Glossary Organizing document – instructions for contributors (original doc) – Google Docs

“We invite all interested to: write definitions, comment on existing definitions, add alternative definitions where applicable, and suggest relevant references. If you feel that key terms are missing, please add it – you can let us know, or ask contact us with suggestions in the FORRT slack or email sam.parsons@psy.ox.ac.uk (please CC flavio.azevedo@uni-jena.de during the period Feb 12 to March 1st). The full list of terms will form part of a larger glossary to be hosted on https://FORRT.org, once all terms have been added, the lead writing team (Parsons, Azevedo, & Elsherif) will develop an abridged version to submit as a manuscript. We outline the kinds of contributions and their correspondence to authorship in more detail in the next section. Don’t forget to add your name and details to the contributions spreadsheet….”

Standard eBooks builds upon Project Gutenberg to offer a better reading experience – Good e-Reader

“Project Gutenberg has always been a commendable literary initiative that ensured the classic titles of yore lived on in the digital age. While that is great, the eBooks lack consistent typography. Cover art leaves something to be disired, in addiiton to many typos, that can mar the reading experience considerably.

It is here that the Standard eBooks come into the picture. As the name suggests, the Standard eBook refers to a set of guidelines that each of their eBooks is required to comply with. What that means is each of the books taken from Project Gutenberg re subjected to a laid-down procedure for publishing.

That includes formatting and typesetting with the help of a ‘professional-grade style manual.’ Also, each book is proofread with corrections made wherever necessary. It is only after this that a new digital edition of the book is created using the latest e-reader and browser technologies. This ensures each of the Standard ebooks thus created is compatible with almost all known e-reader devices currently in vogue….”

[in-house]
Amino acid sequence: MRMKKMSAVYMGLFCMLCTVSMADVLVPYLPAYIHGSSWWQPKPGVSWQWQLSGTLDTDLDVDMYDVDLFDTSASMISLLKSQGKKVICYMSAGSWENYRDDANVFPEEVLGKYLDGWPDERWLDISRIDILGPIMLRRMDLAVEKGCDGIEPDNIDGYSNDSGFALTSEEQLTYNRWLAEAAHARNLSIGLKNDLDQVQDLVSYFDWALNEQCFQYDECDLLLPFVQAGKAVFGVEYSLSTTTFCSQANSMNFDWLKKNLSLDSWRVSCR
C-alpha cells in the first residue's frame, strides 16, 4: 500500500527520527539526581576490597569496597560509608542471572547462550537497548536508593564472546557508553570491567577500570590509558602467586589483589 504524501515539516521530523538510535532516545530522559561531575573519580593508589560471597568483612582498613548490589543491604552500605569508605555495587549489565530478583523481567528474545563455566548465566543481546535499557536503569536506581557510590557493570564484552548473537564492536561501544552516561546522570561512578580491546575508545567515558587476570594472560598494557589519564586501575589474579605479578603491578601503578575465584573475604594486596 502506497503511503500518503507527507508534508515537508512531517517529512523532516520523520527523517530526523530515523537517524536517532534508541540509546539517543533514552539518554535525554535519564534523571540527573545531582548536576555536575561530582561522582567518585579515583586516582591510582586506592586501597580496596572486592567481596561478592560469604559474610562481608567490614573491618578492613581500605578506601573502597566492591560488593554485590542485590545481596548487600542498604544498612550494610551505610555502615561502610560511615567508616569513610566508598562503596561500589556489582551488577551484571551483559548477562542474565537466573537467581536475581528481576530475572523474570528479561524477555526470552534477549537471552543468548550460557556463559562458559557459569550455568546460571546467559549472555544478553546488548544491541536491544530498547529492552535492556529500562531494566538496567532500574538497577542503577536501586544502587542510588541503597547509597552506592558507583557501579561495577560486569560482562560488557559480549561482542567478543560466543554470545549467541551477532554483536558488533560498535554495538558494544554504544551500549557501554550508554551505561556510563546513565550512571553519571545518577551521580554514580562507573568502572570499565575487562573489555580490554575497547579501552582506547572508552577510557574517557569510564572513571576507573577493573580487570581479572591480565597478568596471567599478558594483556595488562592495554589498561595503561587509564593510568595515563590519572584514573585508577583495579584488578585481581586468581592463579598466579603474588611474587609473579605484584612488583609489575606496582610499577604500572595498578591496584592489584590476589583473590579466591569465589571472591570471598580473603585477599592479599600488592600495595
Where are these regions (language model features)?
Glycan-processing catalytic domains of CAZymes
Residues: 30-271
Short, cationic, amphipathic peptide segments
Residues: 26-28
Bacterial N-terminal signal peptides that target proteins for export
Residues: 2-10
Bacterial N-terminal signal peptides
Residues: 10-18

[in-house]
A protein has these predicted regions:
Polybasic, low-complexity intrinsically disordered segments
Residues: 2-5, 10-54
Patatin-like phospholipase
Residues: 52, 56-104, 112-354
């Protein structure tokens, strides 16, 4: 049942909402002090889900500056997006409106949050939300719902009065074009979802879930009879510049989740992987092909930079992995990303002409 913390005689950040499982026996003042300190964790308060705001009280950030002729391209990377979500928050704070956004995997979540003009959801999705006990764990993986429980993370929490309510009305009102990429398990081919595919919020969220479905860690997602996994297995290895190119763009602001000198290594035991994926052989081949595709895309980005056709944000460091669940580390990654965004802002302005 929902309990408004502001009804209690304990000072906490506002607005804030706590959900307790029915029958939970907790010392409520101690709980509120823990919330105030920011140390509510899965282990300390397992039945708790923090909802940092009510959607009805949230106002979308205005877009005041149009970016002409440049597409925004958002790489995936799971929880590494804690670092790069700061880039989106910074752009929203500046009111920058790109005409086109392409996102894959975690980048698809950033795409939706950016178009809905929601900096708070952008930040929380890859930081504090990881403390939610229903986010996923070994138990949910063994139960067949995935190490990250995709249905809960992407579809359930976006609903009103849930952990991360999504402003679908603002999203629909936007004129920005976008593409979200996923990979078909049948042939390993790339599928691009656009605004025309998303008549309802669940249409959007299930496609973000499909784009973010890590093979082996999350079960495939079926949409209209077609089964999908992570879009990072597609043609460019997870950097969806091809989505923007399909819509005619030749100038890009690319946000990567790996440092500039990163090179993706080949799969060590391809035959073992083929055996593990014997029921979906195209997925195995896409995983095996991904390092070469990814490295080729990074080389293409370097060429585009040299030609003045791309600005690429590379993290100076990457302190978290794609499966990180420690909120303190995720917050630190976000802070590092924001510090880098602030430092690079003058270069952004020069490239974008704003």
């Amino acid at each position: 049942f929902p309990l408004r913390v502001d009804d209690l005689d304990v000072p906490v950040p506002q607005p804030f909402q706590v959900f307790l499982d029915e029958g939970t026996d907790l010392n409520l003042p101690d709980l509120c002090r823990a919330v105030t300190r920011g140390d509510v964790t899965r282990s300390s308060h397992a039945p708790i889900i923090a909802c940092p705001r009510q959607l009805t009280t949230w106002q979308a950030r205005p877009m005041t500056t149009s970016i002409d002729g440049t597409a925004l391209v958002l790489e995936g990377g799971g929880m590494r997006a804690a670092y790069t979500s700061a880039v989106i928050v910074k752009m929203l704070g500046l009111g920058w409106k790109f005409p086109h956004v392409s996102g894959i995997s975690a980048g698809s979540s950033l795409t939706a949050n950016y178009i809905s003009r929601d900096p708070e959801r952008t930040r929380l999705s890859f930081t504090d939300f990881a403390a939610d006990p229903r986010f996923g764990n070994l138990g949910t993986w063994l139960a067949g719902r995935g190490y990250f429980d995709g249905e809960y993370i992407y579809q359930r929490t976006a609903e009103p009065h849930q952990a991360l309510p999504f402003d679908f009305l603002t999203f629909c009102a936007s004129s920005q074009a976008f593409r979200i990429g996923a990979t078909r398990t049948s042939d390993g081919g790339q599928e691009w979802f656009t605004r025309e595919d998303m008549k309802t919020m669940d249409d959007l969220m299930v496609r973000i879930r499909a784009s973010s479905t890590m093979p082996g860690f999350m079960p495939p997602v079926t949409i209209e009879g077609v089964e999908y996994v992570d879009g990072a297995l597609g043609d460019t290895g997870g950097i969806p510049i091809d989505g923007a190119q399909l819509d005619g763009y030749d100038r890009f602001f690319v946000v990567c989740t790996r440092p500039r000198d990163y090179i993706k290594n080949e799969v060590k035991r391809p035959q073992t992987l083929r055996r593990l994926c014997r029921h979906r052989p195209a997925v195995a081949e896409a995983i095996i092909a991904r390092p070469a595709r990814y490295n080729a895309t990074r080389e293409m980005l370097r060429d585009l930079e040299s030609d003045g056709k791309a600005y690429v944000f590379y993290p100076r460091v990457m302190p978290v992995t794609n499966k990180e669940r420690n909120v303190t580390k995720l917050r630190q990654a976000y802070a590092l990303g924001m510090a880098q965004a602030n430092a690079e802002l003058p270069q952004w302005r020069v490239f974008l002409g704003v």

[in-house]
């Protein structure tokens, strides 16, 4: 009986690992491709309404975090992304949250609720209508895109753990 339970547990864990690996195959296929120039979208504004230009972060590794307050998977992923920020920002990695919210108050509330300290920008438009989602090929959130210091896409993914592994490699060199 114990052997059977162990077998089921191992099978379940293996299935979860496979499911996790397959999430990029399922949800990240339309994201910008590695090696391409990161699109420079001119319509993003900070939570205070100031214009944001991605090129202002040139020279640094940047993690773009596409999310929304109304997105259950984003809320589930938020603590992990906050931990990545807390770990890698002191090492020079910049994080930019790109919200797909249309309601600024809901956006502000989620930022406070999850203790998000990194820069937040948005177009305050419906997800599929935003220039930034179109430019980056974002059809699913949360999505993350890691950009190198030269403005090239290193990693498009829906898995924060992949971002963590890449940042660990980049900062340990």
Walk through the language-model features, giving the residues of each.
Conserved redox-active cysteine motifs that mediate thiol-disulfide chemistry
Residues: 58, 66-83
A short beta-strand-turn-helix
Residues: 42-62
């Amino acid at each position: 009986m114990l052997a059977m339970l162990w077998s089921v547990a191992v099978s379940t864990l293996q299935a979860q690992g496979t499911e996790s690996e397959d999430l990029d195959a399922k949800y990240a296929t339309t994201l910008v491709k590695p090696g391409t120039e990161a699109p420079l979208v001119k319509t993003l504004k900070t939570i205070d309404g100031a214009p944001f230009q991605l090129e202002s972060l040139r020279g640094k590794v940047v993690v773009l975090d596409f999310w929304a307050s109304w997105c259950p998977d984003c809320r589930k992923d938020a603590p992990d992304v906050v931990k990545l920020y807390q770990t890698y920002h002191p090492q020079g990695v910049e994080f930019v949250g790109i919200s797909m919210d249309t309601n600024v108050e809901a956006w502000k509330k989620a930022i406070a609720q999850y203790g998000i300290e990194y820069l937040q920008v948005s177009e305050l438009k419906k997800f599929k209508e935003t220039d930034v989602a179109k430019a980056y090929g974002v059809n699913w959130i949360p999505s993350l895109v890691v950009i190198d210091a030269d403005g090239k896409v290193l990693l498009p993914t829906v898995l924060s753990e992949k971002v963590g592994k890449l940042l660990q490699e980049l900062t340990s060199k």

AcaWiki

“AcaWiki enables you to easily post summaries and literature reviews of peer-reviewed research. Many summaries on AcaWiki come up high on Google results. Please read our posting guidelines before proceeding. If you want to find summaries or literature reviews of peer-reviewed research, you can either browse summaries or search.”

TRIPLE Crowdfunding Questionnaire

“The following questionnaire is part of the research conducted for the European project TRIPLE. The questionnaire is aimed at the general public. In the following you will be asked mainly a number of questions about your attitudes about the funding of science and about crowdfunding, the practice of funding a project or venture by raising money from a large number of people who each contribute a relatively small amount, typically via the internet. Known crowdfunding platforms include kickstarter, Indiegogo or gofundme. This research will help the project in taking some decisions for the creation of a crowdfunding platform for supporting research in Social Sciences and Humanities….”

Developing an objective, decentralised scholarly communication and evaluation system – YouTube

“This is our proposal for how we might create a radically new scholarly publishing system with the potential to disrupt the scholarly publishing industry. The proposed model is: (a) open, (b) objective, (c) crowd sourced and community-controlled, (d) decentralised, and (e) capable of generating prestige. Submitted articles are openly rated by researchers on multiple dimensions of interest (e.g., novelty, reliability, transparency) and ‘impact prediction algorithms’ are trained on these data to classify articles into journal ‘tiers’.

In time, with growing adoption, the highest impact tiers within such a system could develop sufficient prestige to rival even the most established of legacy journals (e.g., Nature). In return for their support, researchers would be rewarded with prestige, nuanced metrics, reduced fees, faster publication rates, and increased control over their outputs….”